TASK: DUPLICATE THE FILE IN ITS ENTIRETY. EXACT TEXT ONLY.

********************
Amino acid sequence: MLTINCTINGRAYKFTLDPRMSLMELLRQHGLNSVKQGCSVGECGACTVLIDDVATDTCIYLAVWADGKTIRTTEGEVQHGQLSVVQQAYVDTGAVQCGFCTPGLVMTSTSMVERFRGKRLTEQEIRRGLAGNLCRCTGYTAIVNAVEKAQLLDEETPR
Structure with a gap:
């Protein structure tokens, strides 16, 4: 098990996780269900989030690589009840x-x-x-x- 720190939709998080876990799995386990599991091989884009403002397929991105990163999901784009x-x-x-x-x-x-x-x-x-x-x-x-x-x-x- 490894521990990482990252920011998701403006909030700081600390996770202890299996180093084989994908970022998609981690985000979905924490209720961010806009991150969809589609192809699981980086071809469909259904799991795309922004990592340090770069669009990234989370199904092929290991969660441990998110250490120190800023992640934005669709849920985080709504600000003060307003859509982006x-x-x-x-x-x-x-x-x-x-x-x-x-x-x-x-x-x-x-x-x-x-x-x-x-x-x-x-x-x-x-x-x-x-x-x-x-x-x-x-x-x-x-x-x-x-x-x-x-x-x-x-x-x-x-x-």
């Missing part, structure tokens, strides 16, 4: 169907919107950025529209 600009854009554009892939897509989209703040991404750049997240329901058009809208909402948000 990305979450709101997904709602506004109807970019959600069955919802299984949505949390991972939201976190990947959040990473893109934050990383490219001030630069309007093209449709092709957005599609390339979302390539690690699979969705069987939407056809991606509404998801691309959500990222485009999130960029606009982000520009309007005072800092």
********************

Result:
Amino acid sequence: MLTINCTINGRAYKFTLDPRMSLMELLRQHGLNSVKQGCSVGECGACTVLIDDVATDTCIYLAVWADGKTIRTTEGEVQHGQLSVVQQAYVDTGAVQCGFCTPGLVMTSTSMVERFRGKRLTEQEIRRGLAGNLCRCTGYTAIVNAVEKAQLLDEETPR
Structure with a gap:
């Protein structure tokens, strides 16, 4: 098990996780269900989030690589009840x-x-x-x- 720190939709998080876990799995386990599991091989884009403002397929991105990163999901784009x-x-x-x-x-x-x-x-x-x-x-x-x-x-x- 490894521990990482990252920011998701403006909030700081600390996770202890299996180093084989994908970022998609981690985000979905924490209720961010806009991150969809589609192809699981980086071809469909259904799991795309922004990592340090770069669009990234989370199904092929290991969660441990998110250490120190800023992640934005669709849920985080709504600000003060307003859509982006x-x-x-x-x-x-x-x-x-x-x-x-x-x-x-x-x-x-x-x-x-x-x-x-x-x-x-x-x-x-x-x-x-x-x-x-x-x-x-x-x-x-x-x-x-x-x-x-x-x-x-x-x-x-x-x-």
């Missing part, structure tokens, strides 16, 4: 169907919107950025529209 600009854009554009892939897509989209703040991404750049997240329901058009809208909402948000 990305979450709101997904709602506004109807970019959600069955919802299984949505949390991972939201976190990947959040990473893109934050990383490219001030630069309007093209449709092709957005599609390339979302390539690690699979969705069987939407056809991606509404998801691309959500990222485009999130960029606009982000520009309007005072800092």